I am now looking at reaping the rewards of meditation, an aspect of yoga I did not try.
    If we all took some time to meditate, our world would be so calm and beautiful.
    Namsste

  24. DaveTelf says:

    Like Eithne above, I too am a practitioner in the Sivananda lineage. My training at Sivananda ashrams (established by Swami Vishnu-Devananda) have drawn me deep into a classical yoga practice, centered around meditation, bhakti and karma yoga. I know the type of yoga described and essentially belittled here exists, but that does not typically interfere with my personal practice.

    When Swami Vishnu first came to the west, he hooked people with the tagline "Yoga for Health." Now isn't that stealthy? Some serious skillful means in action, if y'ask me. It's the "just the tip" routine except with the highest most noble intentions for the lucky gullible people who thought they were just going to get some exercise. In our era where flow charts are less and less pyramidal and more horizontal, it only seems appropriate to lower the barriers to entry, to spread the seeds far and wide and see what takes root, allowing people to self-identify as they know best.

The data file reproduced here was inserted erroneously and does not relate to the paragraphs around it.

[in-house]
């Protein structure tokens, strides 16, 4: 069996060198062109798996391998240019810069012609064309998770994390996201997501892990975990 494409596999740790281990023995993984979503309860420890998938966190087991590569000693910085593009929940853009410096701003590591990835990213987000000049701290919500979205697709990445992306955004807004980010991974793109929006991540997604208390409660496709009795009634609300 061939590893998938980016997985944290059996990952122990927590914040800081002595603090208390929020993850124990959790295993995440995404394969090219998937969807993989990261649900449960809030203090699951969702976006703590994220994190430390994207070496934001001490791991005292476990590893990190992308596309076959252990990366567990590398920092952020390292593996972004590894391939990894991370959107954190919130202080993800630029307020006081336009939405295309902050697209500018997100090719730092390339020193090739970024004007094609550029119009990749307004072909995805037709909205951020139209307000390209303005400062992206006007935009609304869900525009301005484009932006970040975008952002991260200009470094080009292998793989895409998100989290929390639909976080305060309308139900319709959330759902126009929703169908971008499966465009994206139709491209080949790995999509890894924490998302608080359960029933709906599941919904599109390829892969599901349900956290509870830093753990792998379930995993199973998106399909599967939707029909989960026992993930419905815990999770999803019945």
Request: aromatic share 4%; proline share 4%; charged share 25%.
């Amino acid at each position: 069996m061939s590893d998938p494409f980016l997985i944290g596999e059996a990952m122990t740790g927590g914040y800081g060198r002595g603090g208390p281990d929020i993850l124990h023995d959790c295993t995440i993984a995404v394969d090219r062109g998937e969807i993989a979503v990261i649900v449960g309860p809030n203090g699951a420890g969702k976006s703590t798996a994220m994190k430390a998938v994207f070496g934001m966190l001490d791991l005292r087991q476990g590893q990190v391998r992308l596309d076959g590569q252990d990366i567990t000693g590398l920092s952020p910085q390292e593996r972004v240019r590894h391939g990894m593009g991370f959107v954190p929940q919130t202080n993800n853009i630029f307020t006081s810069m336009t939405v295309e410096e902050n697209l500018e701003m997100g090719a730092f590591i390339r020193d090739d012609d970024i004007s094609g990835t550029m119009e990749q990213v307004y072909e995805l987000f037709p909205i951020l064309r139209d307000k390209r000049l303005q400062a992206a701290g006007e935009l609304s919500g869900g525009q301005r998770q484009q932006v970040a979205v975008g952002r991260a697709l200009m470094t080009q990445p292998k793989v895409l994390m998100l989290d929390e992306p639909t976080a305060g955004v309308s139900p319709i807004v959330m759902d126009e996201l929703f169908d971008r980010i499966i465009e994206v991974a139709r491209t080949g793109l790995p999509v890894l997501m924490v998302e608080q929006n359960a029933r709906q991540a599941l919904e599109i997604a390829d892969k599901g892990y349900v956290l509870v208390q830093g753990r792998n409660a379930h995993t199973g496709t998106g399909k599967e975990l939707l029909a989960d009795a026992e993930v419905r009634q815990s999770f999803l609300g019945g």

Silvia's comment above is an excellent example of why gym-class yoga is not to be poo-pooed. You never know when/where the light goes on.

    It's a great article Waylon. Provocative but well-measured. As has been mentioned above, you've offered an excellent reminder, but I cringed when I saw "Yoga is X and Y." Yoga is. And any attempt to define or confine it further is ultimately ill-fated.

    As always, thanks for the conversation.